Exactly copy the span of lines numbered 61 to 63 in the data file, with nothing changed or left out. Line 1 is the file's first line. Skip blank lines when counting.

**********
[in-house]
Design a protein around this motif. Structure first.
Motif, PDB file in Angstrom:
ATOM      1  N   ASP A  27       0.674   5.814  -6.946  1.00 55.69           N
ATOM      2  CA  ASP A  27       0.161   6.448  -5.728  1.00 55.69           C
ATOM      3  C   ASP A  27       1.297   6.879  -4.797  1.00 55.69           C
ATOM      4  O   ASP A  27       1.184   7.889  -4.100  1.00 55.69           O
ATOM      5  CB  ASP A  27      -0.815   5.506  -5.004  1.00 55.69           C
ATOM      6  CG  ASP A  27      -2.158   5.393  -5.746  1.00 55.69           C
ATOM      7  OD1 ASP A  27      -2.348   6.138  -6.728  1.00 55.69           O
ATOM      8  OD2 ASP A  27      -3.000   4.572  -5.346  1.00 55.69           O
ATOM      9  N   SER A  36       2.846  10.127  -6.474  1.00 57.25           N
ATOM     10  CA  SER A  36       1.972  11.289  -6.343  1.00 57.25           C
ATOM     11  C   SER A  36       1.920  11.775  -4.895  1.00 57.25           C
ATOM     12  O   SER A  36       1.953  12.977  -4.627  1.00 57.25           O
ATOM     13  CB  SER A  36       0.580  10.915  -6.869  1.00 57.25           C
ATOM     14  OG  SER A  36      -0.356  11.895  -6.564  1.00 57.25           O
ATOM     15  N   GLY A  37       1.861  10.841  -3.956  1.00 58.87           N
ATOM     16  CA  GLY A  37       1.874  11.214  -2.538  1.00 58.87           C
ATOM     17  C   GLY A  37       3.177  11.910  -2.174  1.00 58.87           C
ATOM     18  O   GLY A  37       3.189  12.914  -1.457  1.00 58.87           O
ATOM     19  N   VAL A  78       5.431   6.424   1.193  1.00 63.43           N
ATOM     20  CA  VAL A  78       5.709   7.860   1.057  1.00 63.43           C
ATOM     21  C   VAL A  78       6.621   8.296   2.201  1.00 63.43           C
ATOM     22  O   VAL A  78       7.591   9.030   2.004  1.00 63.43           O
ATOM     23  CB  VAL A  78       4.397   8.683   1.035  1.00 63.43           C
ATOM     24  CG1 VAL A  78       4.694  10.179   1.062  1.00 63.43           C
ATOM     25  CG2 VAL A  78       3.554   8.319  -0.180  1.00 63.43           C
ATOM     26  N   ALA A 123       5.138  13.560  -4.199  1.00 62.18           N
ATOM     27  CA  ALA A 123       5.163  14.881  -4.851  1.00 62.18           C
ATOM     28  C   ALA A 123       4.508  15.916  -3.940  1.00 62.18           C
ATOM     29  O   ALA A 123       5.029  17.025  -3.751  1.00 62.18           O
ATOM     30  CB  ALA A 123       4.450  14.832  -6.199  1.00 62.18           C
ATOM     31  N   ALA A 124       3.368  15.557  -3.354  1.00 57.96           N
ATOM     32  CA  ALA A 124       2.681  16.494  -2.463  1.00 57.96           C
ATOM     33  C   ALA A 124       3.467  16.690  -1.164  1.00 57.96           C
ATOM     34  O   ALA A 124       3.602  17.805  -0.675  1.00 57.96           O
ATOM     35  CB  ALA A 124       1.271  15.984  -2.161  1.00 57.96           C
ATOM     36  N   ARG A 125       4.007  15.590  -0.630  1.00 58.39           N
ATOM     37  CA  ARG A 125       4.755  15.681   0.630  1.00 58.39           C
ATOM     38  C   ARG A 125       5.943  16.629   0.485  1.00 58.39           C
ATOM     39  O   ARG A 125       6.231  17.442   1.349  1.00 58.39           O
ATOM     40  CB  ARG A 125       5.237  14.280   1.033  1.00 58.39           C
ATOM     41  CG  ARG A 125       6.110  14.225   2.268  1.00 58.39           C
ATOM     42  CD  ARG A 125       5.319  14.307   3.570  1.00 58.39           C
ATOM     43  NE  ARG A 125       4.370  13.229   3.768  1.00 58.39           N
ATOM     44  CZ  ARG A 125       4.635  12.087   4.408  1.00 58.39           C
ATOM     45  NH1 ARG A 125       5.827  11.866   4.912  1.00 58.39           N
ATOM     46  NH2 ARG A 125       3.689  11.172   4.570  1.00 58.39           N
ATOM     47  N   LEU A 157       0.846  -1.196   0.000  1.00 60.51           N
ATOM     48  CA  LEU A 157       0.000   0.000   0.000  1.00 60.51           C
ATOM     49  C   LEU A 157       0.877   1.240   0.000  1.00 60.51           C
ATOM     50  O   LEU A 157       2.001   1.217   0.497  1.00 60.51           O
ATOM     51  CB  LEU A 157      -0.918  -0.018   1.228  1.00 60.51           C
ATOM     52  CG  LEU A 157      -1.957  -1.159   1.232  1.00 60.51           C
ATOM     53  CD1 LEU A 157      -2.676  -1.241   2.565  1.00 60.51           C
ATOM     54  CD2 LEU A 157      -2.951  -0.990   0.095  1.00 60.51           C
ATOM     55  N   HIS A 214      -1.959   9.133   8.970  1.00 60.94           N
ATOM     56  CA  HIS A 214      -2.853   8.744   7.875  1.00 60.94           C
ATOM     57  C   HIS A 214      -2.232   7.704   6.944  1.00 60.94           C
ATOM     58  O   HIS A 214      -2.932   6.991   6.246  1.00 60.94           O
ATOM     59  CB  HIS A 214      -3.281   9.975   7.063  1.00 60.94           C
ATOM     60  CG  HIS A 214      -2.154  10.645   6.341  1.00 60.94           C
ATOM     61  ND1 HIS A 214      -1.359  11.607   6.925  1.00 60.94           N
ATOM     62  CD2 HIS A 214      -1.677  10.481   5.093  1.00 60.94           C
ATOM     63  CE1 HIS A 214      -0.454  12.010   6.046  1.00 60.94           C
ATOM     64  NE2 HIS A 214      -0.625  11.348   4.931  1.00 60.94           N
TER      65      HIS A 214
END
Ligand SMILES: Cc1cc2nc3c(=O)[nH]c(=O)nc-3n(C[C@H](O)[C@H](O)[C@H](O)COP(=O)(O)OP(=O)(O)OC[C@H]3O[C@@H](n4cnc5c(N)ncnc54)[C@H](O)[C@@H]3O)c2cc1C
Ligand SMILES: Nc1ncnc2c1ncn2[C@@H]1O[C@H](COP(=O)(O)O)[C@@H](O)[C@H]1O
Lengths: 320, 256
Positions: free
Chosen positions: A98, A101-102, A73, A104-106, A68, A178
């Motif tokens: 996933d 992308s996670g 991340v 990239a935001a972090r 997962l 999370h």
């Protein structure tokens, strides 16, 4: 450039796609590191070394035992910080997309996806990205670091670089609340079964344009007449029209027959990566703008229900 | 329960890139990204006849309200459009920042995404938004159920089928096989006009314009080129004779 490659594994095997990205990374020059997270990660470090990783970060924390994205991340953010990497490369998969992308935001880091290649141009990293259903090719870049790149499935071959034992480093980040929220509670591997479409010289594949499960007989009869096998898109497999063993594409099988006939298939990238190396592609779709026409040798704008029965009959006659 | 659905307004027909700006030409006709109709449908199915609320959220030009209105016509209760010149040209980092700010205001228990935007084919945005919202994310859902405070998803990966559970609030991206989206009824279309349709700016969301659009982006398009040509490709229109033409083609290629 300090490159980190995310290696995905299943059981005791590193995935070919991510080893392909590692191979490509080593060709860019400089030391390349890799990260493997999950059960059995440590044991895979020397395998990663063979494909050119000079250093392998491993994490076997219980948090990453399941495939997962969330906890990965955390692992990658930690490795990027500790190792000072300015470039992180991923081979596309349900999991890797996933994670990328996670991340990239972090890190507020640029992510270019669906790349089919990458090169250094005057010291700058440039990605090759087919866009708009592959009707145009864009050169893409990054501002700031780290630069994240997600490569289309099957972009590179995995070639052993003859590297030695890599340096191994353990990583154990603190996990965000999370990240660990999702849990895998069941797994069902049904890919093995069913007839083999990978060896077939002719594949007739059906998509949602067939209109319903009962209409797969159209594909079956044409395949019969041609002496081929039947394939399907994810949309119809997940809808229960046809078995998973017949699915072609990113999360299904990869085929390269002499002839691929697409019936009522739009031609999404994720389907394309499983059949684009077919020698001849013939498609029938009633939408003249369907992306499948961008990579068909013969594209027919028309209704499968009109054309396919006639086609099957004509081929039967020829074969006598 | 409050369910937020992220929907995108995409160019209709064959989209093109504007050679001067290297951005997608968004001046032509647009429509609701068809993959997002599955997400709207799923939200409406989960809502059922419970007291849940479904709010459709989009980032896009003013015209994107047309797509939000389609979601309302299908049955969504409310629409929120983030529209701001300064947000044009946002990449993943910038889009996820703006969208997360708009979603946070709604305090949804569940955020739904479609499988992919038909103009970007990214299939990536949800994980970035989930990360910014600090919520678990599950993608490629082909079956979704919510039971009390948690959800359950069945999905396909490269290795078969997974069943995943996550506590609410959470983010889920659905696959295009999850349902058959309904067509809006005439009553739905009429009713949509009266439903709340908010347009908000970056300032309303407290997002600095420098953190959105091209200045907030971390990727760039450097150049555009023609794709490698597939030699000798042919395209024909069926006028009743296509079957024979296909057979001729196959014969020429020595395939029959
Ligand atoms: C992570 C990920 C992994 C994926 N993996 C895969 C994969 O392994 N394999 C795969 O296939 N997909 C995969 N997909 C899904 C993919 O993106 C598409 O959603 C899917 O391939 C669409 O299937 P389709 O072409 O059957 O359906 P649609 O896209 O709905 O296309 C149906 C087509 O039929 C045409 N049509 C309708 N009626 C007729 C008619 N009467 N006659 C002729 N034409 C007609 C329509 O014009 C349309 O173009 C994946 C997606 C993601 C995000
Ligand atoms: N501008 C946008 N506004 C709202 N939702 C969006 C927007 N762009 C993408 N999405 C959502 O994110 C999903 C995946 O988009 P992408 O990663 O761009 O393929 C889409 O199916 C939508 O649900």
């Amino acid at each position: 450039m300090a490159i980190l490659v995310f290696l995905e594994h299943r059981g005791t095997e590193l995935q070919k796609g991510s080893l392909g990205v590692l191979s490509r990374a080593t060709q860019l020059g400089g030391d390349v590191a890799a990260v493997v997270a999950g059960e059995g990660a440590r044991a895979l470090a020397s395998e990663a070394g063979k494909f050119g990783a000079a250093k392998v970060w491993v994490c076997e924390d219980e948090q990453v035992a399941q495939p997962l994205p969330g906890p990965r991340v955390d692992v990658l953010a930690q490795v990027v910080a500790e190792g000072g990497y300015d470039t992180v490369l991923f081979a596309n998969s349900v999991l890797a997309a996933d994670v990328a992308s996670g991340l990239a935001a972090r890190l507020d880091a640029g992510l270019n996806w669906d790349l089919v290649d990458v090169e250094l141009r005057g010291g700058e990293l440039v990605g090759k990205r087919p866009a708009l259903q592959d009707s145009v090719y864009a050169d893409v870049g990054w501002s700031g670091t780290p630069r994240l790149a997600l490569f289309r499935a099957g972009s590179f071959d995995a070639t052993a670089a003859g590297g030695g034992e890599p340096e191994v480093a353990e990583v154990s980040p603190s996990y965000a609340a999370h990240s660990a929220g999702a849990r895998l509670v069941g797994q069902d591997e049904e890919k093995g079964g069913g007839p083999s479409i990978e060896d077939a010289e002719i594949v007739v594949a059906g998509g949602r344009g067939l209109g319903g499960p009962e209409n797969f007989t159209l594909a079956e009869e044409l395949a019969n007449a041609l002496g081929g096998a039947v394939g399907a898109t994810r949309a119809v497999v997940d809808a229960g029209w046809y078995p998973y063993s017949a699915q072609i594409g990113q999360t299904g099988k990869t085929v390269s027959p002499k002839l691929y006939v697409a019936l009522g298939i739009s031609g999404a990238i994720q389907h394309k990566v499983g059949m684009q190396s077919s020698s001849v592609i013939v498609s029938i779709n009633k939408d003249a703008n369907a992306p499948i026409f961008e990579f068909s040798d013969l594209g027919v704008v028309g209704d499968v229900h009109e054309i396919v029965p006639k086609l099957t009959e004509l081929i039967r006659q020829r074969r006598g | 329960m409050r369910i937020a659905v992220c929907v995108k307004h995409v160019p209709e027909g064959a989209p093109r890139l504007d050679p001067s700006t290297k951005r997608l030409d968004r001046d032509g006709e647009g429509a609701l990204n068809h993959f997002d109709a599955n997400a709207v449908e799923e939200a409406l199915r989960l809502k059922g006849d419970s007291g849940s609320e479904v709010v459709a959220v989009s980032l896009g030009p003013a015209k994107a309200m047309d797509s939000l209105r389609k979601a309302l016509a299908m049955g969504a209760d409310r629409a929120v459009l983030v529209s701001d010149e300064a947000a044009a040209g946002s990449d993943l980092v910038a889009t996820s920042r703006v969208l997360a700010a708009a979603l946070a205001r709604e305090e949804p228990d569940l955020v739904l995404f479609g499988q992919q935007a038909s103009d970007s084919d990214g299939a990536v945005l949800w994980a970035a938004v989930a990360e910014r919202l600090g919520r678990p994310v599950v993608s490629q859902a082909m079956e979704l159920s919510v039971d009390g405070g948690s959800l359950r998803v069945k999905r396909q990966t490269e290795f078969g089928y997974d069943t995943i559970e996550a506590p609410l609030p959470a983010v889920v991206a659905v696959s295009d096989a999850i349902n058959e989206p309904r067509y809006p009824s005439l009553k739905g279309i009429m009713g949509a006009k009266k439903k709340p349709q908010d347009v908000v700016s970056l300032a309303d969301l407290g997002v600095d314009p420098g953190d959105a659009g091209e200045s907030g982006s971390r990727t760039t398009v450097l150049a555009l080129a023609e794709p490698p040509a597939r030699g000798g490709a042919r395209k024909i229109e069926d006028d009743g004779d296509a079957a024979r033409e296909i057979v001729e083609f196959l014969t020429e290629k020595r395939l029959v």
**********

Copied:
ATOM     58  O   HIS A 214      -2.932   6.991   6.246  1.00 60.94           O
ATOM     59  CB  HIS A 214      -3.281   9.975   7.063  1.00 60.94           C
ATOM     60  CG  HIS A 214      -2.154  10.645   6.341  1.00 60.94           C